```
import matplotlib.pyplot as plt
fig1, f1_axes = plt.subplots(ncols=2, nrows=2, constrained_layout=True, figsize=(12, 8))
f1_axes
f1_axes[0, 0] = dyn.pl.cell_wise_vectors(adata, color='speed_pca', pointsize=0.5, alpha = 0.7, ax=f1_axes[0, 0], quiver_length=6, quiver_size=6, save_show_or_return='return')
f1_axes[0, 1] = dyn.pl.grid_vectors(adata, color='divergence_pca', ax=f1_axes[0, 1], quiver_length=12, quiver_size=12, save_show_or_return='return')
f1_axes[1, 0] = dyn.pl.streamline_plot(adata, color='acceleration_pca', ax=f1_axes[1, 0], save_show_or_return='return')
f1_axes[1, 1] = dyn.pl.streamline_plot(adata, color='curvature_pca', ax=f1_axes[1, 1], save_show_or_return='return')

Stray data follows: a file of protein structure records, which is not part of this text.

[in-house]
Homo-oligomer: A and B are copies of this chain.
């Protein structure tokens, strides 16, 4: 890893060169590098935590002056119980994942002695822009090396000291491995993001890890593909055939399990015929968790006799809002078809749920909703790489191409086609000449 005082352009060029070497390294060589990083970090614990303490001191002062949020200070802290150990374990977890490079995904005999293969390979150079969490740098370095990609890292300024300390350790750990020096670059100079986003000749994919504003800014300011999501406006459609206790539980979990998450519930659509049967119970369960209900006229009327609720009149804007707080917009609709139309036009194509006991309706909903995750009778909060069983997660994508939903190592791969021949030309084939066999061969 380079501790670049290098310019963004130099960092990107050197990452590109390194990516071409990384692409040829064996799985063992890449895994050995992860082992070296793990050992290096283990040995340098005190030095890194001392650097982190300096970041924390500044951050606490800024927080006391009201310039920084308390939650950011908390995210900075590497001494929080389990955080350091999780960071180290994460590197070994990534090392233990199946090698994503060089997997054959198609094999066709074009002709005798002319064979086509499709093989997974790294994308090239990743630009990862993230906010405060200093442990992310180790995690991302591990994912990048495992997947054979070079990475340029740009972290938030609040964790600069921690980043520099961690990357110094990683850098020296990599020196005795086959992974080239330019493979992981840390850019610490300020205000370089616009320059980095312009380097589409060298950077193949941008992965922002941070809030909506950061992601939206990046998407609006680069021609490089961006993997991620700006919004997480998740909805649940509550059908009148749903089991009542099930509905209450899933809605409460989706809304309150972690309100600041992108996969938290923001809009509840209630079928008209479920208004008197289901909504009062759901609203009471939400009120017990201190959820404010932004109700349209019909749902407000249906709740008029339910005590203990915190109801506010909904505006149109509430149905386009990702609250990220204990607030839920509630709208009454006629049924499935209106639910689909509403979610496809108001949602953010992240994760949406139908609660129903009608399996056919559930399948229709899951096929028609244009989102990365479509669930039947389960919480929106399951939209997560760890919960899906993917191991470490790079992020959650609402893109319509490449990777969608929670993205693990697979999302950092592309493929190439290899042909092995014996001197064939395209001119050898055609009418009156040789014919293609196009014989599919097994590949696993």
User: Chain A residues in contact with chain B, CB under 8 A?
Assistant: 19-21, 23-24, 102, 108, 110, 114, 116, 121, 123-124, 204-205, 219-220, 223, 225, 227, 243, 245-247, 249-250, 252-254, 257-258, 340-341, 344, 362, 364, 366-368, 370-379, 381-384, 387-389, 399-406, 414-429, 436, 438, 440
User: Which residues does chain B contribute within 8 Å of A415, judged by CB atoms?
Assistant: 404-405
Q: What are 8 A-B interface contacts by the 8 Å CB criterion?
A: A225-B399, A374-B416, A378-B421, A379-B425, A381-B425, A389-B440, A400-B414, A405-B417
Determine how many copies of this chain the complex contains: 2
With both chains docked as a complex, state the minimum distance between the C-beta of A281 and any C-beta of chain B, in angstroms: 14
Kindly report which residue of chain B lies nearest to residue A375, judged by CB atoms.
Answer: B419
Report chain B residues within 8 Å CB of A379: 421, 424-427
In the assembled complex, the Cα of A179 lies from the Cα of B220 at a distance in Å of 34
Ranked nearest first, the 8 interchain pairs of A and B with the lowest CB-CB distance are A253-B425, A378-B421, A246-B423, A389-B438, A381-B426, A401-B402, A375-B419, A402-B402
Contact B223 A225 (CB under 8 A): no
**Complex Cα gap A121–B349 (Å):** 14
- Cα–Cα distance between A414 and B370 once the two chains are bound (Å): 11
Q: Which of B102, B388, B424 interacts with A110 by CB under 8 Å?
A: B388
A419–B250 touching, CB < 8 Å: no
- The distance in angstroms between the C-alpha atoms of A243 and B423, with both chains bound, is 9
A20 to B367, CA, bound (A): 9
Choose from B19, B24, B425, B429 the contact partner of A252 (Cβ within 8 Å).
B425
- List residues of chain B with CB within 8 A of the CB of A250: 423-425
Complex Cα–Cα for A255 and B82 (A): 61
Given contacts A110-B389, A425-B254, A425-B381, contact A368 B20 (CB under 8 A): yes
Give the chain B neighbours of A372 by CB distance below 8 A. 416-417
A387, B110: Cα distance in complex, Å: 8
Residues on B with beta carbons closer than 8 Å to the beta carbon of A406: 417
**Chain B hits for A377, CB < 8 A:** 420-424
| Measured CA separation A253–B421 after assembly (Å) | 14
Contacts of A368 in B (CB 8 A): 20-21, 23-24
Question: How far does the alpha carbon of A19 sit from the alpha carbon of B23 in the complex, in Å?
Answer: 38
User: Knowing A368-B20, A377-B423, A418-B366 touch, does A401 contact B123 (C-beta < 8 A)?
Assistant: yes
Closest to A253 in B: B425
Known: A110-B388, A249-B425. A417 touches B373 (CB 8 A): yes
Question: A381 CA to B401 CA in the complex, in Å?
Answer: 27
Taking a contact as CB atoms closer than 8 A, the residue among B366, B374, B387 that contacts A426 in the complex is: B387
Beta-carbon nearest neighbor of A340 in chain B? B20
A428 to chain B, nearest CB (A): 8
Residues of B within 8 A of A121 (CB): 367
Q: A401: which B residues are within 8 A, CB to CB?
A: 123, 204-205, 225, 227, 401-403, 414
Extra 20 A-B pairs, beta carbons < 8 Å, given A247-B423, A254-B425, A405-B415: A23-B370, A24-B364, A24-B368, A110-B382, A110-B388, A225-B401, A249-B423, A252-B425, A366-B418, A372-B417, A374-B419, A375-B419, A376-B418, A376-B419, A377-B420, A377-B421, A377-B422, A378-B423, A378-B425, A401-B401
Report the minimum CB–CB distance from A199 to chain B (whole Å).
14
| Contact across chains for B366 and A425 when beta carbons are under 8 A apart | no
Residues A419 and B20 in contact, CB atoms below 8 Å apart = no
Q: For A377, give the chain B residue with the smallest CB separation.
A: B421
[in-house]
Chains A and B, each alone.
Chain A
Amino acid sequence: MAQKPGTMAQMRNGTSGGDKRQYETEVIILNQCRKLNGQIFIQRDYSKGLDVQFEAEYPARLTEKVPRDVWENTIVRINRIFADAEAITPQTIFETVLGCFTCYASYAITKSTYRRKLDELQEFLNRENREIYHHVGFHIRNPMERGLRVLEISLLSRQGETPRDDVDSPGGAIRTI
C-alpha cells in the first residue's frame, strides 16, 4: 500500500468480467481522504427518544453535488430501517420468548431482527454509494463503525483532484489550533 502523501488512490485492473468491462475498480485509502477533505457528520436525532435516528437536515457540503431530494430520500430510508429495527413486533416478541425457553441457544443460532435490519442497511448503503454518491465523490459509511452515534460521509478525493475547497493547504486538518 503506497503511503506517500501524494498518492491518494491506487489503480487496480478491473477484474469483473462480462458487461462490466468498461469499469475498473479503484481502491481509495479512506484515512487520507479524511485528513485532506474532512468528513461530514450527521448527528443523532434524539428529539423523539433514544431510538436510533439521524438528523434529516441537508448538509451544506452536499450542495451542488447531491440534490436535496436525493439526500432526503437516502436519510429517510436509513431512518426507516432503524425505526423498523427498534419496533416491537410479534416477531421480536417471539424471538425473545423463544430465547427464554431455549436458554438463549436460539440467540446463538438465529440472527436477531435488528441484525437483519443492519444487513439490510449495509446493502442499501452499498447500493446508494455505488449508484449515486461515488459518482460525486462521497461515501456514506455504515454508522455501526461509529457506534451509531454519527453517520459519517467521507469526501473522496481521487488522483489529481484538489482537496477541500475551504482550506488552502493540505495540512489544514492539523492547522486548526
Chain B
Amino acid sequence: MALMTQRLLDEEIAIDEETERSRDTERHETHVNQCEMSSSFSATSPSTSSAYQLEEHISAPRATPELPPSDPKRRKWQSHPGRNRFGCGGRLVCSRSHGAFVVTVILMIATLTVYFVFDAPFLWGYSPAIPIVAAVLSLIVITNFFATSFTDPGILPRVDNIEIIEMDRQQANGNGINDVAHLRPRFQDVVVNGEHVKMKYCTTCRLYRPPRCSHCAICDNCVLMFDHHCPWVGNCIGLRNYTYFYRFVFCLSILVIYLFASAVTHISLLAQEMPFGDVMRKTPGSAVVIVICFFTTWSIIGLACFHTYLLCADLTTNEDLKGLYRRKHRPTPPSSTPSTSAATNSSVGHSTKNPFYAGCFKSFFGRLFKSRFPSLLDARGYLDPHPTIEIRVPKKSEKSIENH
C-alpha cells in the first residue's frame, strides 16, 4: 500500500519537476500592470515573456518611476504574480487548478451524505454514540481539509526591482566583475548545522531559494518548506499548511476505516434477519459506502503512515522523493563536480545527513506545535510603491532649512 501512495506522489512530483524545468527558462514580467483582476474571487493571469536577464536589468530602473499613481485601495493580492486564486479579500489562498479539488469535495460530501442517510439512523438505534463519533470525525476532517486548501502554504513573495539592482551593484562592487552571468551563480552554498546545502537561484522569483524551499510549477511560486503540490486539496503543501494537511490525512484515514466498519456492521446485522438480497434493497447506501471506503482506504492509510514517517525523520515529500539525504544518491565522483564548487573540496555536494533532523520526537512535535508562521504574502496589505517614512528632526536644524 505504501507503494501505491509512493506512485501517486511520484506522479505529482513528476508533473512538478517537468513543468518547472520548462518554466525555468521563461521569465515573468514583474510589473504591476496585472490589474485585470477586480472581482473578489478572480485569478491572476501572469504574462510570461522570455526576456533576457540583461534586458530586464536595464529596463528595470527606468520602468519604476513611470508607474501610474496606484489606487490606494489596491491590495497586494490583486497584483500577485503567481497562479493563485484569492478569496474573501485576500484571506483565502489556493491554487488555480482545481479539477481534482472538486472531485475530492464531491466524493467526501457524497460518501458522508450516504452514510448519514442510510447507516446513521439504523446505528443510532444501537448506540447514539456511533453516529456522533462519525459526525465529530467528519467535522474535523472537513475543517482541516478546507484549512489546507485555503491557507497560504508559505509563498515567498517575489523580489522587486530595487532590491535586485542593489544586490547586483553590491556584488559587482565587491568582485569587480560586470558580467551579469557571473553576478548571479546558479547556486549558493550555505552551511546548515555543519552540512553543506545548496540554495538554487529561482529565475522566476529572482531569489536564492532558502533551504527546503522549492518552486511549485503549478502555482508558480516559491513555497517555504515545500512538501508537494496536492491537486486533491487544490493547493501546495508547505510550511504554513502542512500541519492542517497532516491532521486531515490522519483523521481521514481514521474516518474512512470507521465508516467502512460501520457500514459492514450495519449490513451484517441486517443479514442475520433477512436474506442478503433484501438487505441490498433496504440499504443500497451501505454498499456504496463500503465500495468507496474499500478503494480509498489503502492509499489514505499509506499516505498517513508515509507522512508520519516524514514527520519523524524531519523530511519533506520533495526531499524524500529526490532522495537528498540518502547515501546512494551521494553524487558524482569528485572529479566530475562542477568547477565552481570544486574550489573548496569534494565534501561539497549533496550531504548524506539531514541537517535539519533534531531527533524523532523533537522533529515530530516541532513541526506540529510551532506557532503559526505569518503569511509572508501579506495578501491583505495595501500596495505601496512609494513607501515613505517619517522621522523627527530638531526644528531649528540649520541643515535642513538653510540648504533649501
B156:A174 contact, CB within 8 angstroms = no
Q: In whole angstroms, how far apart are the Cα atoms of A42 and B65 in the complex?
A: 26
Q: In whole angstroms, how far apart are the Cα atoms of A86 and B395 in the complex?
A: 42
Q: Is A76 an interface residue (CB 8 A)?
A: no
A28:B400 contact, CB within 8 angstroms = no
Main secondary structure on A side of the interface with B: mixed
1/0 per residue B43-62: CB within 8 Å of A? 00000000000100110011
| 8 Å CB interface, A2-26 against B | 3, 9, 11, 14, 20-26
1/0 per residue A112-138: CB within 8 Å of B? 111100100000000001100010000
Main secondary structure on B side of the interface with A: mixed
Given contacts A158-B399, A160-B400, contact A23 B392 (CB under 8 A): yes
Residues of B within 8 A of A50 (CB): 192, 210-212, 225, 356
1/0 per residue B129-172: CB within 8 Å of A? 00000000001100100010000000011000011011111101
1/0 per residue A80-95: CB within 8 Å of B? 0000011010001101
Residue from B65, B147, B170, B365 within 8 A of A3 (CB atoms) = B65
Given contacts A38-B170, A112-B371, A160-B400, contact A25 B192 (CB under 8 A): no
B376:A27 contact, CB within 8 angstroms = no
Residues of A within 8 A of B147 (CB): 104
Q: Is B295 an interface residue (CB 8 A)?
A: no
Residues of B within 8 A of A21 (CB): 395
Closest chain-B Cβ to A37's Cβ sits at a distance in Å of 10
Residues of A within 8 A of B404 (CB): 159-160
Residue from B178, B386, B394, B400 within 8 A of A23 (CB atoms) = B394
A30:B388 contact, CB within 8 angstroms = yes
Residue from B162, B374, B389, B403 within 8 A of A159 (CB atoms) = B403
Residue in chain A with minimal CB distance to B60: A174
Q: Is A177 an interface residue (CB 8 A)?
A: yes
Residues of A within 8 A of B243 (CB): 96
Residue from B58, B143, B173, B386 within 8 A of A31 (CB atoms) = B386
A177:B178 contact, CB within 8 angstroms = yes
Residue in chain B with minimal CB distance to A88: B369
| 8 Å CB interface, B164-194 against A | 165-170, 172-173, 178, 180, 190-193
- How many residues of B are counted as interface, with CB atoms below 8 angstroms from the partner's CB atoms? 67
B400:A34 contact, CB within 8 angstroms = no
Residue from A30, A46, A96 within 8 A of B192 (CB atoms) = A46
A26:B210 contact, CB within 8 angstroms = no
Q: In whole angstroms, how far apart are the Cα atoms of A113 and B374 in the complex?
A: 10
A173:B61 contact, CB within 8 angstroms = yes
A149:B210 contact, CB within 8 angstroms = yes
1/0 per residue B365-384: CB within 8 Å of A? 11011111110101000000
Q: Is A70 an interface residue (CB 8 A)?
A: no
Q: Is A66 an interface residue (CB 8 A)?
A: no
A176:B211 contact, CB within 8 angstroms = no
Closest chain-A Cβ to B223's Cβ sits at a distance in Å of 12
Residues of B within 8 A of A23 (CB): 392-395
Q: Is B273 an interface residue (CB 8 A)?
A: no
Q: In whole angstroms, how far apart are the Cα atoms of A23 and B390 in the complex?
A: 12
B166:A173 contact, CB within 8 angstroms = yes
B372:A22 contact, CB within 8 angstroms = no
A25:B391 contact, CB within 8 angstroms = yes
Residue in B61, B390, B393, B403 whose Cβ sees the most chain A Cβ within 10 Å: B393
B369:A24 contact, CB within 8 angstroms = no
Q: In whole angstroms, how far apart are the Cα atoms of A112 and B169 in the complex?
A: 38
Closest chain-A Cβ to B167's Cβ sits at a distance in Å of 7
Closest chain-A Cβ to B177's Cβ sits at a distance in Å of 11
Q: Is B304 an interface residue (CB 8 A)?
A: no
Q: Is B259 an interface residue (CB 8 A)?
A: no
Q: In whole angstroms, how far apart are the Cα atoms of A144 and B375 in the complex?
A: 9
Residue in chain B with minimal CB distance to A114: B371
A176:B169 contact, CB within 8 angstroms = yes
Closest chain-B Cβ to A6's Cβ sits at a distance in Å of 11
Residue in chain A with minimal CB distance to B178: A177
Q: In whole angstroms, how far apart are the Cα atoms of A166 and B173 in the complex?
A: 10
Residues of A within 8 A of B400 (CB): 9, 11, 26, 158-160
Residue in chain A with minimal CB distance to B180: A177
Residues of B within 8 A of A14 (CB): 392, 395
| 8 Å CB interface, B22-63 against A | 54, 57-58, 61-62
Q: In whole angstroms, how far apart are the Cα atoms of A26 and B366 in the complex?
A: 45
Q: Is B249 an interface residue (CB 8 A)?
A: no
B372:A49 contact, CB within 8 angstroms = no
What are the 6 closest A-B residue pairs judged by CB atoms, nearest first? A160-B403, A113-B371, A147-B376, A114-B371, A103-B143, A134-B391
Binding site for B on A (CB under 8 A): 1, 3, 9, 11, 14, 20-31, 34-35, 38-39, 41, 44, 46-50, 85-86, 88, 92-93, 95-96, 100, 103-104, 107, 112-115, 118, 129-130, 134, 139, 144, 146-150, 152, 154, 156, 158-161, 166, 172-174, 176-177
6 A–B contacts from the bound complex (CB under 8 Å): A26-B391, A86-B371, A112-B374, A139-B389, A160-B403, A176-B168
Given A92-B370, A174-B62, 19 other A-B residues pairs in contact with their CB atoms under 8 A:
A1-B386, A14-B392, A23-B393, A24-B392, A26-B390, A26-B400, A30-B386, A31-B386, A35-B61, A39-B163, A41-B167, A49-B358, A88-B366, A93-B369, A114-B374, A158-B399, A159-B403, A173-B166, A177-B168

plt.show()
```

Emulate ggplot2 plotting styple with black background, get ready for a cool presentation!!!

```
dyn.configuration.set_figure_params('dynamo', background='black')
```

```
fig1, f1_axes = plt.subplots(ncols=2, nrows=2, constrained_layout=True, figsize=(12, 8))
f1_axes
f1_axes[0, 0] = dyn.pl.cell_wise_vectors(adata, color='speed_pca', pointsize=0.1, alpha = 0.7, ax=f1_axes[0, 0], quiver_length=6, quiver_size=6, save_show_or_return='return', background='black')
f1_axes[0, 1] = dyn.pl.grid_vectors(adata, color='divergence_pca', ax=f1_axes[0, 1], quiver_length=12, quiver_size=12, save_show_or_return='return', background='black')
f1_axes[1, 0] = dyn.pl.streamline_plot(adata, color='acceleration_pca', ax=f1_axes[1, 0], save_show_or_return='return', background='black')